Doctors remove 2 rods to save African student

Though the 23-year-old IT student from Ivory Coast, Quatttara Adoma, is still not out of danger, doctors at AIIMS Jai Prakash Narayan apex trauma centre said he is “haemodynamically stable,” indicating that his blood circulation is fine.

Two thick iron rods weighing 15 kg and 5 ft long ran through the right hand and chest of Adoma after his vehicle hit the truck. Both rods entered him from the front breaking the windscreen. They pierced through the African student, who was on the driving seat and emerged from the back.

One of the rods pinned his hand to the chest, severely damaging his ribcage and chest walls.

The impact of the collision was so much that the rods not only pierced Adoma who was driving the car but also went through the thigh of his friend Cheicko who sat right behind him at the rear side. Two other passengers in the car were safe.

Unable to extricate the injured from the car, the Delhi police used a heavy duty crane to bring the entire car with victims inside to the trauma centre. “It was a good decision by the police. It minimised blood loss,” said M C Mishra, head of the trauma centre.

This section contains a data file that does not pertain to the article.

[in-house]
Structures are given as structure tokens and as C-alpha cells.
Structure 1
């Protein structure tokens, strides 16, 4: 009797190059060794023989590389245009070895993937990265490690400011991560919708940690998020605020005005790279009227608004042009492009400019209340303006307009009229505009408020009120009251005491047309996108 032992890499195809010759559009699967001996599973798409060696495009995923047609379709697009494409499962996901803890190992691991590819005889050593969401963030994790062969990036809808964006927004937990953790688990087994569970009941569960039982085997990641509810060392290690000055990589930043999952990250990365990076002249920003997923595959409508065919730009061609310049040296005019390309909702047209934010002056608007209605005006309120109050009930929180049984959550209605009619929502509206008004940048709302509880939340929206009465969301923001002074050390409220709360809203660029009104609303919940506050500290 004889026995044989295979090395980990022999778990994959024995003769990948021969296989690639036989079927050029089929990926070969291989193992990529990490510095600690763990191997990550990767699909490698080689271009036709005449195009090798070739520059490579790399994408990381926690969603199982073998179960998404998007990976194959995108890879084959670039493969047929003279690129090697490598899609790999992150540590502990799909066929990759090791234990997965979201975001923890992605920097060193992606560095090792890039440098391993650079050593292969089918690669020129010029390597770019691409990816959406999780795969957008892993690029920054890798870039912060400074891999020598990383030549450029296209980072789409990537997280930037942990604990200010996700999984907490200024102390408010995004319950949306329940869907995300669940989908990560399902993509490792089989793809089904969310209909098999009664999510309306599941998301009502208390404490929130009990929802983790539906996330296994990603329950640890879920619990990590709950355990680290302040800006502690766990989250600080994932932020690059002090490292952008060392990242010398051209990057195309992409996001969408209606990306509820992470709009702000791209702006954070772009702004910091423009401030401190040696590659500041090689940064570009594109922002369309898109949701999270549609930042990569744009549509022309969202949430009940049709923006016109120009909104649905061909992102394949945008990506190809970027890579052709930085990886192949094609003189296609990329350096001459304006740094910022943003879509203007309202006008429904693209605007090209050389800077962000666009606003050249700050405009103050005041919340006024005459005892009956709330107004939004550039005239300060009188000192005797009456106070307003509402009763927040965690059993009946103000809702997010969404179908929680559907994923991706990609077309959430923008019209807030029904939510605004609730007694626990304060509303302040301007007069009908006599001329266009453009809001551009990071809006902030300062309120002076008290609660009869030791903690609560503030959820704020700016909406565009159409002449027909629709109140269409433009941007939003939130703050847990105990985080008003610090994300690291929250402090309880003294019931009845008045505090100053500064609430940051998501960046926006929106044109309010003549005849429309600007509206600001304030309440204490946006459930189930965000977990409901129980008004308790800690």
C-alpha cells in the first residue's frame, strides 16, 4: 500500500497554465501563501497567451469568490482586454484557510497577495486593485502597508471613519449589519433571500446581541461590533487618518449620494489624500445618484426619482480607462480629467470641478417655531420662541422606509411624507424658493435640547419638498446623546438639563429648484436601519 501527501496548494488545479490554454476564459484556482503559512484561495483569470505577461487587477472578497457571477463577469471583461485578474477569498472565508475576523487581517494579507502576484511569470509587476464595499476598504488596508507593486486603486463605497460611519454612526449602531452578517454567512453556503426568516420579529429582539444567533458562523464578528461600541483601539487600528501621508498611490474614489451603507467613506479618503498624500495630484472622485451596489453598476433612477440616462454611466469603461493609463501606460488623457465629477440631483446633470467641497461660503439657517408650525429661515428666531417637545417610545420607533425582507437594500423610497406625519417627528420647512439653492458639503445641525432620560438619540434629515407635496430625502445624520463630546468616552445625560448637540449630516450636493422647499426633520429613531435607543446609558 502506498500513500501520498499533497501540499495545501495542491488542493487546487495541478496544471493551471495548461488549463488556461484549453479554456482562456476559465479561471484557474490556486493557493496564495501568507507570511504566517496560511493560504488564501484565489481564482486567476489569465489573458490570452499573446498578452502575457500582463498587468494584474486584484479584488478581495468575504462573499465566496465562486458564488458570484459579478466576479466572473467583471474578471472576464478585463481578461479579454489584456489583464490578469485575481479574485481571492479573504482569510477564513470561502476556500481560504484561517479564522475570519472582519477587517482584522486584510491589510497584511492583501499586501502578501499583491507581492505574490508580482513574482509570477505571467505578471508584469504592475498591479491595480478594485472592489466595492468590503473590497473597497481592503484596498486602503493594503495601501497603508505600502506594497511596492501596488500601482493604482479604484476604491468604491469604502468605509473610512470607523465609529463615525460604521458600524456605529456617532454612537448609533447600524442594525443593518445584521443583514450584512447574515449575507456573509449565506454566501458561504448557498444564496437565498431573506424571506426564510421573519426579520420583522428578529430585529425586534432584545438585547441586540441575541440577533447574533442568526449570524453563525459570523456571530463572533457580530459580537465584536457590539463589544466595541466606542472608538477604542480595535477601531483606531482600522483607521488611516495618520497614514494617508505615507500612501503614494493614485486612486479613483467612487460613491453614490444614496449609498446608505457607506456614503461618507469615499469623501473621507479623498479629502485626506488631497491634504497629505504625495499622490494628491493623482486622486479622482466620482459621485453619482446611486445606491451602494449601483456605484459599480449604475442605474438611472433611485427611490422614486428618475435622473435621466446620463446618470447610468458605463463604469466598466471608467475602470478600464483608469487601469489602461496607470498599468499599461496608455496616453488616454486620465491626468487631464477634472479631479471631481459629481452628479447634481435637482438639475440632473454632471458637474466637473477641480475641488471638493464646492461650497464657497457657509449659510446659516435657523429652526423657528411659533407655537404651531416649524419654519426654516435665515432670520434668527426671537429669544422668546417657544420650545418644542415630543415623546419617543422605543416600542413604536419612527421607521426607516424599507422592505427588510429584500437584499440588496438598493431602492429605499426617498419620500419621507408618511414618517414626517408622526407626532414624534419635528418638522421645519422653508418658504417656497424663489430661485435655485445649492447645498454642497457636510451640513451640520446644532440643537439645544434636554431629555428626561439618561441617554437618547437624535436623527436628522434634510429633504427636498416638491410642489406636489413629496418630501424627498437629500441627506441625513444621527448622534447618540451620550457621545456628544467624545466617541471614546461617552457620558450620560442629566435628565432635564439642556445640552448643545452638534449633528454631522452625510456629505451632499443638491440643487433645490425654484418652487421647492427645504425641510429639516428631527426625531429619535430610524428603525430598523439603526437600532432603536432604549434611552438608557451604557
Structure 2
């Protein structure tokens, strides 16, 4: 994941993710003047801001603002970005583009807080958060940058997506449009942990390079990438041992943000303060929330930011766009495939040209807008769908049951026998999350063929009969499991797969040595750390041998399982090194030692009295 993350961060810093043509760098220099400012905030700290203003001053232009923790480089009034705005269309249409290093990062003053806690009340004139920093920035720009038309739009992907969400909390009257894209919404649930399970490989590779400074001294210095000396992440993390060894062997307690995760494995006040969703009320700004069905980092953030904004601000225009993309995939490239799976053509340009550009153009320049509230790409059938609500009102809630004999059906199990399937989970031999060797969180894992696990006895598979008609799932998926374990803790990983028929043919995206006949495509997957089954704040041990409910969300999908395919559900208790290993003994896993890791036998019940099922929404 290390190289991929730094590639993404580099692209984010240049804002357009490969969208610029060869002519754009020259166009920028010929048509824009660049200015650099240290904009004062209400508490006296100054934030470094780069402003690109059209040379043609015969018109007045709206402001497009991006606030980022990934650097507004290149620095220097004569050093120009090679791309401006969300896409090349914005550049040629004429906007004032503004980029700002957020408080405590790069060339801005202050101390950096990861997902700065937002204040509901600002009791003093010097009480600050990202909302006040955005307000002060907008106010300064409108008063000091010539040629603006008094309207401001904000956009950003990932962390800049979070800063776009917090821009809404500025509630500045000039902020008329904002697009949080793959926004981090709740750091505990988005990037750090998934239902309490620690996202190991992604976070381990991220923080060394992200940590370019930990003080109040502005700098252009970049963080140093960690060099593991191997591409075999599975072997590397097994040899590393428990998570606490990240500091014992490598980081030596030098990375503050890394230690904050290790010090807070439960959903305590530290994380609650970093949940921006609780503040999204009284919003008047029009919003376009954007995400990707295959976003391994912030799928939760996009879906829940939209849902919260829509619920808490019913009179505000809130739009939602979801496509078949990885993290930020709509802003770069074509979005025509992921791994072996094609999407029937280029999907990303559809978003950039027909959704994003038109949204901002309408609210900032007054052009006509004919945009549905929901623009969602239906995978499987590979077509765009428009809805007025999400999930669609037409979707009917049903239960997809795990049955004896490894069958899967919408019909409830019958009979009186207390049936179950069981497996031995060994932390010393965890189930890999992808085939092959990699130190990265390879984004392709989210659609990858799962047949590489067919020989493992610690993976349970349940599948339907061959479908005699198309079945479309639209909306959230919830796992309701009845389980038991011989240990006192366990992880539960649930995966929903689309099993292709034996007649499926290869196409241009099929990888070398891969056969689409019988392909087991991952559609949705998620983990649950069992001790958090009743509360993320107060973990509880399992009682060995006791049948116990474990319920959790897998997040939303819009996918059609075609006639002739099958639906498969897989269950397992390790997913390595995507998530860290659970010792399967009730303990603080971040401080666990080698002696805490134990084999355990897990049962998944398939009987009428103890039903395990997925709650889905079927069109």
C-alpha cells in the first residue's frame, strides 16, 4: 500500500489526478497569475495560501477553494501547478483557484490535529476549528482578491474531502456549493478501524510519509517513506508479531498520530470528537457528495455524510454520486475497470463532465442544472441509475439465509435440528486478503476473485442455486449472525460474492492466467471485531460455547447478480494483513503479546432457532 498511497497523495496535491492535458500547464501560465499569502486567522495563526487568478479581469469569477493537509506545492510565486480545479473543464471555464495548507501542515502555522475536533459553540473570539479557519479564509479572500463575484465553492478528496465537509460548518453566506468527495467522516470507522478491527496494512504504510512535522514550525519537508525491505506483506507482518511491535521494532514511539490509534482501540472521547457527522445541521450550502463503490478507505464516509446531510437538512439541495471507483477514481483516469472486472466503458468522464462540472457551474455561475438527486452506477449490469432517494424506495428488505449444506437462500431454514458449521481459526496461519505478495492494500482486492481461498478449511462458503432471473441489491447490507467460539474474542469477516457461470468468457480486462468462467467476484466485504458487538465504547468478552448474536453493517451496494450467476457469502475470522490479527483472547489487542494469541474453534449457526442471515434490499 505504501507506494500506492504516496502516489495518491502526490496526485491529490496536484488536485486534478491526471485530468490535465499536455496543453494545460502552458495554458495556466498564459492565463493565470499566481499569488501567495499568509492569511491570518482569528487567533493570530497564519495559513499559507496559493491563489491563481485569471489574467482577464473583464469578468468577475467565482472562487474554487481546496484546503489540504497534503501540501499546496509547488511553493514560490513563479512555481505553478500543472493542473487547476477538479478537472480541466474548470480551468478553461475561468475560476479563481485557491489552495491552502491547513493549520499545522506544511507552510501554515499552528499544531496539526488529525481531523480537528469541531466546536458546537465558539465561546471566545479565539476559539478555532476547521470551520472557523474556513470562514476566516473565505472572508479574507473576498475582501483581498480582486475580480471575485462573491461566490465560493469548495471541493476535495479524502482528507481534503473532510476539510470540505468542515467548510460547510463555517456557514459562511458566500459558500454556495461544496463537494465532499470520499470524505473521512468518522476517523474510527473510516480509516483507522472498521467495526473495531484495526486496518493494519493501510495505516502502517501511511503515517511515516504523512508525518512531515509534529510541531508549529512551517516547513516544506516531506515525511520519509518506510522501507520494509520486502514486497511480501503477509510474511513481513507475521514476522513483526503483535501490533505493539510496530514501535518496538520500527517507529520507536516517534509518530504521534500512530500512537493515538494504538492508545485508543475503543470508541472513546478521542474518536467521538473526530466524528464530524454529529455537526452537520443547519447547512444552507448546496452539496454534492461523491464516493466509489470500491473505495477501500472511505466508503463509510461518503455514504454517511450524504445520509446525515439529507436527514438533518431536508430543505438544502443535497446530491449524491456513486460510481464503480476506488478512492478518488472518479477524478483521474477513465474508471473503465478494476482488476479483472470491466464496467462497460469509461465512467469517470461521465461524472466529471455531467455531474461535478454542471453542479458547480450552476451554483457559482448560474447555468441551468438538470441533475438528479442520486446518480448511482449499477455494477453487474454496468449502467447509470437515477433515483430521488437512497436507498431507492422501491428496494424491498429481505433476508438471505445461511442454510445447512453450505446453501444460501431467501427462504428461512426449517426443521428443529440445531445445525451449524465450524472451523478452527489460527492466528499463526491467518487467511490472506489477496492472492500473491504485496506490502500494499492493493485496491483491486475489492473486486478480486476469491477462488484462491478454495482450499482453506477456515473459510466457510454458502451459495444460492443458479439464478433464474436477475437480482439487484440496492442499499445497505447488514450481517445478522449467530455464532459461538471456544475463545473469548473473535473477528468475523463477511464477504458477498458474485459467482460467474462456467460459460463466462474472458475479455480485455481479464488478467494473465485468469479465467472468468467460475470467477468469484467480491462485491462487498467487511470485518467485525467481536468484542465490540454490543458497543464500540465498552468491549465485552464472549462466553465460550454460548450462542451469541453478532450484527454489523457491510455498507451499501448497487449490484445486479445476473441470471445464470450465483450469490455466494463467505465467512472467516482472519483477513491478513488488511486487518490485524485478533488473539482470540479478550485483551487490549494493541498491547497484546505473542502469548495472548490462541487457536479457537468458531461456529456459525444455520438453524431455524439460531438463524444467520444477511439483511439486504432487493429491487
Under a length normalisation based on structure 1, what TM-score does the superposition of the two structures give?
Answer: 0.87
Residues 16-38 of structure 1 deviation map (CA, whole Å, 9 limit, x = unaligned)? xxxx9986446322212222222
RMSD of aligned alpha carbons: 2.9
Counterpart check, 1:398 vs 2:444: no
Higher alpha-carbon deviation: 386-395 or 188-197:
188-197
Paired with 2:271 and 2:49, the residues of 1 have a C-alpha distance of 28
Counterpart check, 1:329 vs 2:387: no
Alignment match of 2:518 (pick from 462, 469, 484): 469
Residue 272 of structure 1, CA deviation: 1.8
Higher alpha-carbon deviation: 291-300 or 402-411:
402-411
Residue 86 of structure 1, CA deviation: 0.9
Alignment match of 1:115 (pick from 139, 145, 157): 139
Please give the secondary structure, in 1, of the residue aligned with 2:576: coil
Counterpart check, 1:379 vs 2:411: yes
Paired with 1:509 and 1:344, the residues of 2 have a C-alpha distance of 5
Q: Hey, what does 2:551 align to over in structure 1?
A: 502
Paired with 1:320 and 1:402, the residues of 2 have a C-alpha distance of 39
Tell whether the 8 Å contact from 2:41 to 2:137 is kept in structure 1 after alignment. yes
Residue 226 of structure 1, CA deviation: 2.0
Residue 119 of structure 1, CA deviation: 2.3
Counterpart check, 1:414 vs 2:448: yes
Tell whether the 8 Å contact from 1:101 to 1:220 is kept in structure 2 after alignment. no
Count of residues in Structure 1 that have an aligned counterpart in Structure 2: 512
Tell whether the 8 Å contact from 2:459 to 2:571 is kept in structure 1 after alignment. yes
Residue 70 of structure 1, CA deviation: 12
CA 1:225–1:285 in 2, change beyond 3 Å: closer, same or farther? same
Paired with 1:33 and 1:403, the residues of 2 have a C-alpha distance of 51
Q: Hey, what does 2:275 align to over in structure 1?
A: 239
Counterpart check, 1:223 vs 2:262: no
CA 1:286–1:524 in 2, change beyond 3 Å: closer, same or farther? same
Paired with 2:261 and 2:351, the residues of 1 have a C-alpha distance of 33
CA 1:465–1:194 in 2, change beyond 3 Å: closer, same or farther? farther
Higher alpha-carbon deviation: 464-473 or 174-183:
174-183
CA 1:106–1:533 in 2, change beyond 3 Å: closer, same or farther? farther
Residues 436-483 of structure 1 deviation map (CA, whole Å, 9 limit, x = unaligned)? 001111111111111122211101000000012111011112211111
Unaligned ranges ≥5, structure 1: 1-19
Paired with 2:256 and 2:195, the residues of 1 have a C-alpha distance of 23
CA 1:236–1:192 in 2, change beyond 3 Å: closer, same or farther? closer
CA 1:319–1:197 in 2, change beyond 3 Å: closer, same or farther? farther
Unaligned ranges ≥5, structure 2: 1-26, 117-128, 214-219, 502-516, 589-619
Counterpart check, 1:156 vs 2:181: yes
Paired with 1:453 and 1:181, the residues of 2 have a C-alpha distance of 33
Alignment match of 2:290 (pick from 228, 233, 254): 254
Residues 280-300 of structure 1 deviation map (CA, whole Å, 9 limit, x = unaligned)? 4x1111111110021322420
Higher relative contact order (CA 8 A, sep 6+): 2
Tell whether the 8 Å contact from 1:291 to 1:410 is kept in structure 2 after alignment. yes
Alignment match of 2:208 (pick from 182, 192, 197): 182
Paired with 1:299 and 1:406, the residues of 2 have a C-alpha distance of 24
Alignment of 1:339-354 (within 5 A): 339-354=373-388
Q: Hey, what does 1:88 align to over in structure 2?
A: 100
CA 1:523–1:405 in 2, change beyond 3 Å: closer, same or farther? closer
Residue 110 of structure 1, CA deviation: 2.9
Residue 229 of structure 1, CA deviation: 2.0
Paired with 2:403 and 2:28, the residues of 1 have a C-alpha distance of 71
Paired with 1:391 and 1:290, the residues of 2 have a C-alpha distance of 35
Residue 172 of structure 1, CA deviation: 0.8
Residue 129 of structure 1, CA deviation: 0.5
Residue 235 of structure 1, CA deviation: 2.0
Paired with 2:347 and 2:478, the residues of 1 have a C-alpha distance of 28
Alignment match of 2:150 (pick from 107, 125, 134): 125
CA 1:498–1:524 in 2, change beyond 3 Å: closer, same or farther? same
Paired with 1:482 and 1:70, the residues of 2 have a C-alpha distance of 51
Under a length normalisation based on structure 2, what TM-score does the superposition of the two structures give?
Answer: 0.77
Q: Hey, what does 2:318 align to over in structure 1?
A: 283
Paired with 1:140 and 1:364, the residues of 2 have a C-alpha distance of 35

The rumbled car with gory victims with iron rods jutting out of the chest of one of them shocked the doctors. “I never saw such an accident. It was shocking when the police brought the car around 4.25 am,” said Lalan Kumar, a young doctor who was on night duty.

The IV lines were put while the patients were still in the damaged car. Its roof and the driving side were cut open to remove the victims. Doctors first took out the rods from Cheicko’s thigh, which proved to be relatively easy, as saving Adoma was the greatest challenge for them.

Four-hour surgery

Administering anaesthesia to Adoma was one of the first things they had to tackle, as it had to be performed with the patient in the sitting position and without the doctors knowing his blood-gas status. In the end, a 25-strong team of doctors, nurses and technicians conducted the four-hour operation to remove the rods and to repair the damaged lung, rib cage and thoracic walls.

“The operation required 33 bottles of blood and blood products. After the operation he was given 15 bottles more. Such a massive blood transfusion also poses a serious risk,” said Amit Gupta, one of the surgeons.

Pieces of his clothing entered his body along with the rod, most of which was also removed in the operation. “That is a cause for concern too as it can lead to infections. The patient’s condition is very critical,” said Manish Singhal, another surgeon.

The trauma centre had a similar experience in 2008 when south Delhi-resident Supratim Datta was also impaled by a rod in a freak accident. While it was just one rod, doctors were to deal with two rods in the African student’s case.

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